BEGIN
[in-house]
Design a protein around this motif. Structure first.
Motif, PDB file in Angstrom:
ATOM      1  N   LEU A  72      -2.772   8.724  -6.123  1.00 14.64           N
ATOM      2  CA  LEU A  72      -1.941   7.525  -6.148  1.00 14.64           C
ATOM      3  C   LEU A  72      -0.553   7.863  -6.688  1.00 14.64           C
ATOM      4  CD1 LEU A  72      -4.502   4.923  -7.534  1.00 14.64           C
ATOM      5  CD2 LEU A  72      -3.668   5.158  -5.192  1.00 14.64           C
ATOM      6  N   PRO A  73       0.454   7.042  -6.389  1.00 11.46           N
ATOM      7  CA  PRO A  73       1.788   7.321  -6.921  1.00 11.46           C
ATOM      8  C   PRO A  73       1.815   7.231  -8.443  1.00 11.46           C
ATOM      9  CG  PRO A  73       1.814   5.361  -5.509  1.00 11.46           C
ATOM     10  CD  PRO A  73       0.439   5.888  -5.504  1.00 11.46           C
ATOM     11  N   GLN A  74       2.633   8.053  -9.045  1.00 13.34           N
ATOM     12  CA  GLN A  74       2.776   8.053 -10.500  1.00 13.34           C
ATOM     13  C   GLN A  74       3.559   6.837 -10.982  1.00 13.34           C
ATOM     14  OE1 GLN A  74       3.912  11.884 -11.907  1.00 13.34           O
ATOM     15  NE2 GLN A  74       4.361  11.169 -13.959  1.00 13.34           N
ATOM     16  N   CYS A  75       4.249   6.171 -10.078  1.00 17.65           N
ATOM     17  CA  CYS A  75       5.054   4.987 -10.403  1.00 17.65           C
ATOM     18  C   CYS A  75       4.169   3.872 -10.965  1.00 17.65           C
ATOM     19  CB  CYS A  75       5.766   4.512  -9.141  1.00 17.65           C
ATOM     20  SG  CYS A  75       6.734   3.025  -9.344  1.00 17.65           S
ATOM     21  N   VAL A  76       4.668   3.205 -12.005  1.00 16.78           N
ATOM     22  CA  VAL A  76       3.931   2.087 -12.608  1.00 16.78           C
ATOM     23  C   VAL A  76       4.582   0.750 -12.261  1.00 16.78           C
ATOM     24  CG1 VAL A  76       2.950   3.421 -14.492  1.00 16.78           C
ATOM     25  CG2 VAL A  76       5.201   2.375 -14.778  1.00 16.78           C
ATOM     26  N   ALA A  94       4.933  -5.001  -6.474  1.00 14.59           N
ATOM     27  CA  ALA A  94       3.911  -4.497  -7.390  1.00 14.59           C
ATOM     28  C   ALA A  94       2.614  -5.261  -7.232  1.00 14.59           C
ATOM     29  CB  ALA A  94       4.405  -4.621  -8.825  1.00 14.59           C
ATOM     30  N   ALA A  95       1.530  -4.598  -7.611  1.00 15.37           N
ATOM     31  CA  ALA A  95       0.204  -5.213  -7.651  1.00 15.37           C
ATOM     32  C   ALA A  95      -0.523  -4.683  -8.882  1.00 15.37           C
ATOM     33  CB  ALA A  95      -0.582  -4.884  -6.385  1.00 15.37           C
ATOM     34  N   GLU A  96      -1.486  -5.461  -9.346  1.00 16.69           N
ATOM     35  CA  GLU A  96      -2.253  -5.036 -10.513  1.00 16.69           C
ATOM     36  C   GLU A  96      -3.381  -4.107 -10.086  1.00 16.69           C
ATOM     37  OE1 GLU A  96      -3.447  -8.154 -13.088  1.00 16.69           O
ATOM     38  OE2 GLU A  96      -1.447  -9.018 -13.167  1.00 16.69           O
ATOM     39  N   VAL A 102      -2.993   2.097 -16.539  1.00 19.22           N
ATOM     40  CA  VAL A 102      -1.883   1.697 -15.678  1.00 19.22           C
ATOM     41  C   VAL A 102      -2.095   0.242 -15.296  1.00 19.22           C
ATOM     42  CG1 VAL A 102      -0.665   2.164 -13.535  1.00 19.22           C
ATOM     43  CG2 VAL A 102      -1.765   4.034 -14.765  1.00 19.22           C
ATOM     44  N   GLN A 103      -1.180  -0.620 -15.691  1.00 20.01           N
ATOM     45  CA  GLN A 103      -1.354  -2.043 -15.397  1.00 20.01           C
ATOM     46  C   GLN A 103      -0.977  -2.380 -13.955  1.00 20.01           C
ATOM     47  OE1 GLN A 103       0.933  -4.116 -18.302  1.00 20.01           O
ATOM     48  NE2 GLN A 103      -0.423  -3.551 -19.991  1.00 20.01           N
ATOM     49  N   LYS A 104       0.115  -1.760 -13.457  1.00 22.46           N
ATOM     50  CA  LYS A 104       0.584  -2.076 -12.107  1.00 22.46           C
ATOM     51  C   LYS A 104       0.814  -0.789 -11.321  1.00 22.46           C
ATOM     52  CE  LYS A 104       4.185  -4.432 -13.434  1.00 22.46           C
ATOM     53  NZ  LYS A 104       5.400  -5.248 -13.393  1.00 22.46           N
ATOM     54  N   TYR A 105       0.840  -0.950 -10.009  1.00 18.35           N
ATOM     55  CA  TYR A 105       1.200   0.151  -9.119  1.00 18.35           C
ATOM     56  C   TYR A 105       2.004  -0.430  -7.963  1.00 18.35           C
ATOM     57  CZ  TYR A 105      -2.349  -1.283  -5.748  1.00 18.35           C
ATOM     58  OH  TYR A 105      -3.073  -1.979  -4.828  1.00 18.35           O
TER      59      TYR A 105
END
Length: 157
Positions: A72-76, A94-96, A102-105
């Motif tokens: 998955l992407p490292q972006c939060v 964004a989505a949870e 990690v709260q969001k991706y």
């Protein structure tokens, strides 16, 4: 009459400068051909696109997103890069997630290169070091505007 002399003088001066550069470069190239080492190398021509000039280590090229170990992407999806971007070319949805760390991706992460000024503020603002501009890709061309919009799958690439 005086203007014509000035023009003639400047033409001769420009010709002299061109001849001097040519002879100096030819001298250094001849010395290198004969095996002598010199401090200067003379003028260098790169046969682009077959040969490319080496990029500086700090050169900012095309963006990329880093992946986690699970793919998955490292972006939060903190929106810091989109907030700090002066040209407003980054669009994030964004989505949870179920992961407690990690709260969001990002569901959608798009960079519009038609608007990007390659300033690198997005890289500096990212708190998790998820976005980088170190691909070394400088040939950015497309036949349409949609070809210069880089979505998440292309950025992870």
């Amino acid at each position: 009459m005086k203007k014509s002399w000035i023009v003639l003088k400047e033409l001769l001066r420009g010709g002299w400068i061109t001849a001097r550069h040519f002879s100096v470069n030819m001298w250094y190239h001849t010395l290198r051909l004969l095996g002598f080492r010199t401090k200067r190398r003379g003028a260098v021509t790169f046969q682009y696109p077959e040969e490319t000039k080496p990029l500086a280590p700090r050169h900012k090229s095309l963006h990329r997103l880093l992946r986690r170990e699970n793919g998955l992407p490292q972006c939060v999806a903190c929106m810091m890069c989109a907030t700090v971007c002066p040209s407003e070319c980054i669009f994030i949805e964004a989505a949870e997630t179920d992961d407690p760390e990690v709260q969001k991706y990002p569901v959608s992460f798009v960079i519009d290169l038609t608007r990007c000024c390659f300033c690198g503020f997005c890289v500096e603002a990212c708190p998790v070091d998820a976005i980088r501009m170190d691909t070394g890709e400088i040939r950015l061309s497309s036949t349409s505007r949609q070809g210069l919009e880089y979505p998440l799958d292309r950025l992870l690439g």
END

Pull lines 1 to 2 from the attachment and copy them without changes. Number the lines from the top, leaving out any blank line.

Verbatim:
[in-house]
Design a protein around this motif. Structure first.